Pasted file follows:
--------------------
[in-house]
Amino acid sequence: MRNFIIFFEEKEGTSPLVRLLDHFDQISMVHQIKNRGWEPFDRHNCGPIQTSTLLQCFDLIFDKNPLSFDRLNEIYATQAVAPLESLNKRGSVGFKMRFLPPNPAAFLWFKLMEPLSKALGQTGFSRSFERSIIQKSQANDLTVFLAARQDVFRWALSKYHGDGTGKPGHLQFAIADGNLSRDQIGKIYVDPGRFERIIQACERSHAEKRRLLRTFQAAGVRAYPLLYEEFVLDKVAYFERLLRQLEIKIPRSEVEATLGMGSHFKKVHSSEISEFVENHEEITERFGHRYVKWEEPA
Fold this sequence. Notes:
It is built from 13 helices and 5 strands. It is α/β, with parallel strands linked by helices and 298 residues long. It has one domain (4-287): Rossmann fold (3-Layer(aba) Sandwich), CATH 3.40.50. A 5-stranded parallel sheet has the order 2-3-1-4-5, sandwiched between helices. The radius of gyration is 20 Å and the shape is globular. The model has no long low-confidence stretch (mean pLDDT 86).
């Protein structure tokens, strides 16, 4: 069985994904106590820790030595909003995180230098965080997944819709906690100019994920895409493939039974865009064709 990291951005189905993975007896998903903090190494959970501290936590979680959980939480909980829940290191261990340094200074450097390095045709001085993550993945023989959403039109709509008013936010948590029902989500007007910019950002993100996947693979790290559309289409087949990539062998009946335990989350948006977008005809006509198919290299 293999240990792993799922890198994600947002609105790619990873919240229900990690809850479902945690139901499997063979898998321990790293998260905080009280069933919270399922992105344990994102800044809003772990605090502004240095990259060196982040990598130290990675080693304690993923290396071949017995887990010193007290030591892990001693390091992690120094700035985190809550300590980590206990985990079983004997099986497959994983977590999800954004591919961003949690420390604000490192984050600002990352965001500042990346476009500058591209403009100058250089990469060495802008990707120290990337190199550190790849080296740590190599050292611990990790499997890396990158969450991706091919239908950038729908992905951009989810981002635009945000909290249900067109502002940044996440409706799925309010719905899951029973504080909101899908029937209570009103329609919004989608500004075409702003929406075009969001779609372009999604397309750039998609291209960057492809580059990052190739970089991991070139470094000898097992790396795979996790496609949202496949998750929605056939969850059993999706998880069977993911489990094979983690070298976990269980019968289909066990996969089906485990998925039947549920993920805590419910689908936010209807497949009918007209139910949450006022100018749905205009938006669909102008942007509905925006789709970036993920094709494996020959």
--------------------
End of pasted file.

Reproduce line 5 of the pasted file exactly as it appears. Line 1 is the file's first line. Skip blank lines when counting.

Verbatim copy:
């Protein structure tokens, strides 16, 4: 069985994904106590820790030595909003995180230098965080997944819709906690100019994920895409493939039974865009064709 990291951005189905993975007896998903903090190494959970501290936590979680959980939480909980829940290191261990340094200074450097390095045709001085993550993945023989959403039109709509008013936010948590029902989500007007910019950002993100996947693979790290559309289409087949990539062998009946335990989350948006977008005809006509198919290299 293999240990792993799922890198994600947002609105790619990873919240229900990690809850479902945690139901499997063979898998321990790293998260905080009280069933919270399922992105344990994102800044809003772990605090502004240095990259060196982040990598130290990675080693304690993923290396071949017995887990010193007290030591892990001693390091992690120094700035985190809550300590980590206990985990079983004997099986497959994983977590999800954004591919961003949690420390604000490192984050600002990352965001500042990346476009500058591209403009100058250089990469060495802008990707120290990337190199550190790849080296740590190599050292611990990790499997890396990158969450991706091919239908950038729908992905951009989810981002635009945000909290249900067109502002940044996440409706799925309010719905899951029973504080909101899908029937209570009103329609919004989608500004075409702003929406075009969001779609372009999604397309750039998609291209960057492809580059990052190739970089991991070139470094000898097992790396795979996790496609949202496949998750929605056939969850059993999706998880069977993911489990094979983690070298976990269980019968289909066990996969089906485990998925039947549920993920805590419910689908936010209807497949009918007209139910949450006022100018749905205009938006669909102008942007509905925006789709970036993920094709494996020959």